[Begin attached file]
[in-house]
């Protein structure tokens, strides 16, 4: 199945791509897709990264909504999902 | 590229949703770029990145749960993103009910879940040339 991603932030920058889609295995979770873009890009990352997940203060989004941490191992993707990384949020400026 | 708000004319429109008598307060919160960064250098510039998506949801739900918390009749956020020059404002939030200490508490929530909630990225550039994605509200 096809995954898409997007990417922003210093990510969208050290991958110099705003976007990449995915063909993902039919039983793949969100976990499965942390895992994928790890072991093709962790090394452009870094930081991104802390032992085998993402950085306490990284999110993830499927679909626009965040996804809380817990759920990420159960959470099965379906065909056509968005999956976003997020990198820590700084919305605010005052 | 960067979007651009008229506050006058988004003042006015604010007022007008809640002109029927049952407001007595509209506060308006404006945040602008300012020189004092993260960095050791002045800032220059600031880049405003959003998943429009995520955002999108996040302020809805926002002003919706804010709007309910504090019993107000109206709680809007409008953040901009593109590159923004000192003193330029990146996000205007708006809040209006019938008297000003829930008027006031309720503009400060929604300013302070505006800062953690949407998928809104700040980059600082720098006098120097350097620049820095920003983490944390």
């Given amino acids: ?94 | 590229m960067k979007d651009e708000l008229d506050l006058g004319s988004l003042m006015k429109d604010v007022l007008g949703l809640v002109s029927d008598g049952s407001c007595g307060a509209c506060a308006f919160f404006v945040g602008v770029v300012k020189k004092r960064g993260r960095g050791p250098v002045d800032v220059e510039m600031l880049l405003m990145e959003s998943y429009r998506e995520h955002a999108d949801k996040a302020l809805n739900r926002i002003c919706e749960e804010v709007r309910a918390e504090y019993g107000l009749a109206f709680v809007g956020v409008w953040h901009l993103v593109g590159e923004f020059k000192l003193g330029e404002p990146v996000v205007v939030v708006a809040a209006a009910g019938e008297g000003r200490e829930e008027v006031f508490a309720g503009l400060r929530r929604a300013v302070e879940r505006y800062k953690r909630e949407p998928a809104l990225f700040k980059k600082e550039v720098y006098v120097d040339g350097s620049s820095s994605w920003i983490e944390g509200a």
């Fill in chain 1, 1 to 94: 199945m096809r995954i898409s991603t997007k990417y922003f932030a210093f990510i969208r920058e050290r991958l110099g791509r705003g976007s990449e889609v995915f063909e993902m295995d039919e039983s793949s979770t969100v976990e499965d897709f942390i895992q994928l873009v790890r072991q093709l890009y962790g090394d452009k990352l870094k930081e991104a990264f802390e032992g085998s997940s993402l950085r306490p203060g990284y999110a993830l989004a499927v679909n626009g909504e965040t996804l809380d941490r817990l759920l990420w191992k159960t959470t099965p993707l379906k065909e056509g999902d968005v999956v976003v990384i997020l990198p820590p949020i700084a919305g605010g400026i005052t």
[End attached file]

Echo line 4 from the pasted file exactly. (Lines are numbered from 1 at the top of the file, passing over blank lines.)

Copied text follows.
């Fill in chain 1, 1 to 94: 199945m096809r995954i898409s991603t997007k990417y922003f932030a210093f990510i969208r920058e050290r991958l110099g791509r705003g976007s990449e889609v995915f063909e993902m295995d039919e039983s793949s979770t969100v976990e499965d897709f942390i895992q994928l873009v790890r072991q093709l890009y962790g090394d452009k990352l870094k930081e991104a990264f802390e032992g085998s997940s993402l950085r306490p203060g990284y999110a993830l989004a499927v679909n626009g909504e965040t996804l809380d941490r817990l759920l990420w191992k159960t959470t099965p993707l379906k065909e056509g999902d968005v999956v976003v990384i997020l990198p820590p949020i700084a919305g605010g400026i005052t």